Graeme Chapman - natural history photographer - ornithologist

Australian Birds

Western Bristlebird
Dasyornis longirostris
(Viewing 4 of 8 photos)

Click to listen to sound samples Prior to European settlement Western Bristlebirds occurred right across the dwarf coastal heathlands of southern WA from Walpole in the west to near Hopetoun. Contrary to assertions made back in 1941, Western Bristlebirds probably never occurred anywhere near Perth - their key habitat didn't extend so far north. This mistaken assertion was based on the mis-identification of a nest of a "reed wren"collected near Perth by John Gilbert which rightly belonged to a Little Grassbird. When John Gilbert, who was working in Australia on behalf of John Gould, later found the first nest ever found of a Western Bristlebird near Albany, he said so. Finding a Western Bristlebird's nest is no mean feat - I've only ever seen one and that was shown to me. Just as with Eastern Bristlebirds (to which they are closely related - some say they are only subspecies) the range of Western Bristlebirds has slowly contracted over the years and now they are classed as endangered. Recent efforts to re-establish a few birds back in one of their old haunts near Walpole has met with limited success. Otherwise their range is now confined to national parks and reserves between Two Peoples Bay near Albany and East Mt. Barren in Fitzgerald National Park.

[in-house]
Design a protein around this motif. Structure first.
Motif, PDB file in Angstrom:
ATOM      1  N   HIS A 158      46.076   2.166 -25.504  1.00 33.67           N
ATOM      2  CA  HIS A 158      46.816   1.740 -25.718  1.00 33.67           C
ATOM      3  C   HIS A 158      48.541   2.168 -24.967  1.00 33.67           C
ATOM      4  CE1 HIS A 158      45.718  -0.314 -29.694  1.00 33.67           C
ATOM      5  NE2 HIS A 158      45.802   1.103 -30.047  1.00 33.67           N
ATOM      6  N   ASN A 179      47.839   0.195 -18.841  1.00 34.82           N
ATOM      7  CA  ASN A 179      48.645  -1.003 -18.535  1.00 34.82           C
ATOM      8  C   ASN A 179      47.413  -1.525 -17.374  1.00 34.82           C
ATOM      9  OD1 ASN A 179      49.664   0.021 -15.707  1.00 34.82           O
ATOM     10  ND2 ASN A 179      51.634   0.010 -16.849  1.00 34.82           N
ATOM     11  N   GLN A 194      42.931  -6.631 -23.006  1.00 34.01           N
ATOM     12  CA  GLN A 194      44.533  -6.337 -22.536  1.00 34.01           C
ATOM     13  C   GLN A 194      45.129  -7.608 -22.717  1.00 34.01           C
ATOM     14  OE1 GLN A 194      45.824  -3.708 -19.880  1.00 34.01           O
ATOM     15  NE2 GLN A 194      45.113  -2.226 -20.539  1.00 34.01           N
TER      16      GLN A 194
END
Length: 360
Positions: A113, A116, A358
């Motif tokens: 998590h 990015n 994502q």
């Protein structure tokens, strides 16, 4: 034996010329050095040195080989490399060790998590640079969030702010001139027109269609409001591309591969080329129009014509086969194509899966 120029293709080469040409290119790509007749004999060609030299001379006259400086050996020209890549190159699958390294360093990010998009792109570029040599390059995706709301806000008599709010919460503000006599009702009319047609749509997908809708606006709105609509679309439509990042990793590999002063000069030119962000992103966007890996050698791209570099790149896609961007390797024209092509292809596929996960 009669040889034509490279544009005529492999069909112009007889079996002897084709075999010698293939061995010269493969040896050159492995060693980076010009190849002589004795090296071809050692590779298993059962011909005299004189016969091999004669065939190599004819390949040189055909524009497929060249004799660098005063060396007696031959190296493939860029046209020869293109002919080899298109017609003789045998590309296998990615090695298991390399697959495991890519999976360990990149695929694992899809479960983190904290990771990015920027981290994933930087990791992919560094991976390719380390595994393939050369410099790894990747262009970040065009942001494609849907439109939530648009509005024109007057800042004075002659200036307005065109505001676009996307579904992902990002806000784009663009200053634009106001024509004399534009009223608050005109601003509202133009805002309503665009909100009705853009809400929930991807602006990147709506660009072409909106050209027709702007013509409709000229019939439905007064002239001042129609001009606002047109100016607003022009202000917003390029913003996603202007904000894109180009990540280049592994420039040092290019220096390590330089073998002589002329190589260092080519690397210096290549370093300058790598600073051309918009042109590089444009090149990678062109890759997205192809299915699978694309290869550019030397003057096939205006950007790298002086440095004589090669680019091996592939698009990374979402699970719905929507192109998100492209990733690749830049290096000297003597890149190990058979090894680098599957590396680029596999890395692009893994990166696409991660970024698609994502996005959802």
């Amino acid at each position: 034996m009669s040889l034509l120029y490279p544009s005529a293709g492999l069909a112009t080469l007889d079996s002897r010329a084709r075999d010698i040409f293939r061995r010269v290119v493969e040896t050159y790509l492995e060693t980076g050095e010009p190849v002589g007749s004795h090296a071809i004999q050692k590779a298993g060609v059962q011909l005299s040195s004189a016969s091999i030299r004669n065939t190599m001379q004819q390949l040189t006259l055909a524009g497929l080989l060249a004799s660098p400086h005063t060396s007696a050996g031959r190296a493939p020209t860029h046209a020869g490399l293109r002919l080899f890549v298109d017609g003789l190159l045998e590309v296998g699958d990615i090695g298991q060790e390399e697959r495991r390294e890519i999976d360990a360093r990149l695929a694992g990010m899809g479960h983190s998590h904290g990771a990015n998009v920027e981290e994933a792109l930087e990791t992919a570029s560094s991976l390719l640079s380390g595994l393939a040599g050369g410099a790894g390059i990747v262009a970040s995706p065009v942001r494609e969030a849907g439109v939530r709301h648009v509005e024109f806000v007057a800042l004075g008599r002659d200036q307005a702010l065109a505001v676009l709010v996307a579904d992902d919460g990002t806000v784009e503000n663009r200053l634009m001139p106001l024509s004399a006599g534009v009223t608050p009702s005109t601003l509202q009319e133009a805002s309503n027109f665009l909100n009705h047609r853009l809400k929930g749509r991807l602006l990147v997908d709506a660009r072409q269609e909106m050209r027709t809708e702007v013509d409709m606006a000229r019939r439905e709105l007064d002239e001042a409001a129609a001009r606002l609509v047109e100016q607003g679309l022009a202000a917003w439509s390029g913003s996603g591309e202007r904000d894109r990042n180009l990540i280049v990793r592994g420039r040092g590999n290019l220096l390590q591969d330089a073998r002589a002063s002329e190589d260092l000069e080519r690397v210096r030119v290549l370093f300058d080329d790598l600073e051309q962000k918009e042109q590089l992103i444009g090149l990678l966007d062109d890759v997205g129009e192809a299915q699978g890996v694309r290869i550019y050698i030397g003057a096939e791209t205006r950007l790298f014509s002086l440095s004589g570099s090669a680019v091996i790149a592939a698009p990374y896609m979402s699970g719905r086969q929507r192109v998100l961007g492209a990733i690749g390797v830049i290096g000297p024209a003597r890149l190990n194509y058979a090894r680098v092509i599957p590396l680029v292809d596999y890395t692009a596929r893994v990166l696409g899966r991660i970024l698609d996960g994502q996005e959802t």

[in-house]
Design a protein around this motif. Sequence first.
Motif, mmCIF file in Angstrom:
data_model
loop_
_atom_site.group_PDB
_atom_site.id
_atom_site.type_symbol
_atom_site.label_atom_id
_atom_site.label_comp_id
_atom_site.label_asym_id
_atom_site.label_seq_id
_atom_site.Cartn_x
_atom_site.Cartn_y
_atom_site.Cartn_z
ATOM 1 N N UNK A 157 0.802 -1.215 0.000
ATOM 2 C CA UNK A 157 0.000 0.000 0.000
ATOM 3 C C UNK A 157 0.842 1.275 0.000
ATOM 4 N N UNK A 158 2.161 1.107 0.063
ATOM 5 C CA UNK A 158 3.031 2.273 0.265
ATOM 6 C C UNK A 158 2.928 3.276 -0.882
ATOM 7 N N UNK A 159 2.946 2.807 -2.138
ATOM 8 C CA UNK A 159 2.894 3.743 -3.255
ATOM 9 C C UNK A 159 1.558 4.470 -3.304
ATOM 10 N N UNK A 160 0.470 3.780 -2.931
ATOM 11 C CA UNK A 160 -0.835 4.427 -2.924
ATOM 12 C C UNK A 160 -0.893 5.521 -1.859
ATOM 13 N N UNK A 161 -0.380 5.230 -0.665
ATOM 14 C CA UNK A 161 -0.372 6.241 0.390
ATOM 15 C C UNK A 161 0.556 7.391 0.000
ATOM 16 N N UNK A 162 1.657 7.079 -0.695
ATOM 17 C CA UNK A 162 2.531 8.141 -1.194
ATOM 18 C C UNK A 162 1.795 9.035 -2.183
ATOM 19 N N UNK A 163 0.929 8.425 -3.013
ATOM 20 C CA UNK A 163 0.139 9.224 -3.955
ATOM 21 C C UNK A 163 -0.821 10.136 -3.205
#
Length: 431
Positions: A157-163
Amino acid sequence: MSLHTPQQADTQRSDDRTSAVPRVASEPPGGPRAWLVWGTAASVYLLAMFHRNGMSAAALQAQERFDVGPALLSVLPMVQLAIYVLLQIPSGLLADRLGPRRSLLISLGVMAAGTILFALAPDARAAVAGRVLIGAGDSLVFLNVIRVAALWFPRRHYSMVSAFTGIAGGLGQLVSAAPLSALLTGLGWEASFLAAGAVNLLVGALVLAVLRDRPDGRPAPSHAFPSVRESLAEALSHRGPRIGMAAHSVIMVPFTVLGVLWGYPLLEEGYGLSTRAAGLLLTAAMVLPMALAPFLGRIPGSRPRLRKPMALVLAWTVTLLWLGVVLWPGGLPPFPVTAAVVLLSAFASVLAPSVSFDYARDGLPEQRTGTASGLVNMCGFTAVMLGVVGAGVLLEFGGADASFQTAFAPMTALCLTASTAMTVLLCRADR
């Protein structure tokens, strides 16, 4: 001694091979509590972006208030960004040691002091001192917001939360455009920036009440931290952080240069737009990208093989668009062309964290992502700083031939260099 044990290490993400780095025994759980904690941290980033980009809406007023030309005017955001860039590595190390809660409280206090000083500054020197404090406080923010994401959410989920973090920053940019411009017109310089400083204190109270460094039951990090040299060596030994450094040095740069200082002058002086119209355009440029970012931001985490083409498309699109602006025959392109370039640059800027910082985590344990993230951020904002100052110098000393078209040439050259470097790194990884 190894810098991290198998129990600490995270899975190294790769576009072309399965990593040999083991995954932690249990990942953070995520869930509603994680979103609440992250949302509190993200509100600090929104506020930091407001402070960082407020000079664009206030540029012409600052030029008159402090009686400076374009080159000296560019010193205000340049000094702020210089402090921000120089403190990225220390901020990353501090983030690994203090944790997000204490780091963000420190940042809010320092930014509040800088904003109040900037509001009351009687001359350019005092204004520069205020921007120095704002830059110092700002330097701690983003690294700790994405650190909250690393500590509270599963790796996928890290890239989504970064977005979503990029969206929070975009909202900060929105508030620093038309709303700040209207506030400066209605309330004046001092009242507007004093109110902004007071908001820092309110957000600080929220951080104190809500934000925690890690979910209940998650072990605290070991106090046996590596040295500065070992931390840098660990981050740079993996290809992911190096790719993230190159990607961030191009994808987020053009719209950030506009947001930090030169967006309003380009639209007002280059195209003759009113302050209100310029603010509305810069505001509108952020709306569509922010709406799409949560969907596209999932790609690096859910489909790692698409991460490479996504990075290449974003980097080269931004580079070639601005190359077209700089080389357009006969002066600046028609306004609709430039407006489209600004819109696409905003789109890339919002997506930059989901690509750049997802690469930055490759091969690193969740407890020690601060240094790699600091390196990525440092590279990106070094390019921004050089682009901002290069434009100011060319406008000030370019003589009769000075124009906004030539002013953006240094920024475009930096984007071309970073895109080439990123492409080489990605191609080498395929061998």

Like their eastern counterparts, Western Bristlebirds live as pairs in permanent territories of about 7 Ha. Their heathland habitat is constantly threatened by wildfire, probably the greatest threat to their continued survival. Fires in those windswept southern coastal heaths sometimes rage and burn out huge areas.


Photo: 520202

520202 ... Western Bristlebird, Two Peoples Bay, W.A.

Photo: 520203

520203 ... In certain light they can look quite spangled on the back.

Photo: 520204

520204

Photo: 520205

520205 ... Western Bristlebird, adult male.


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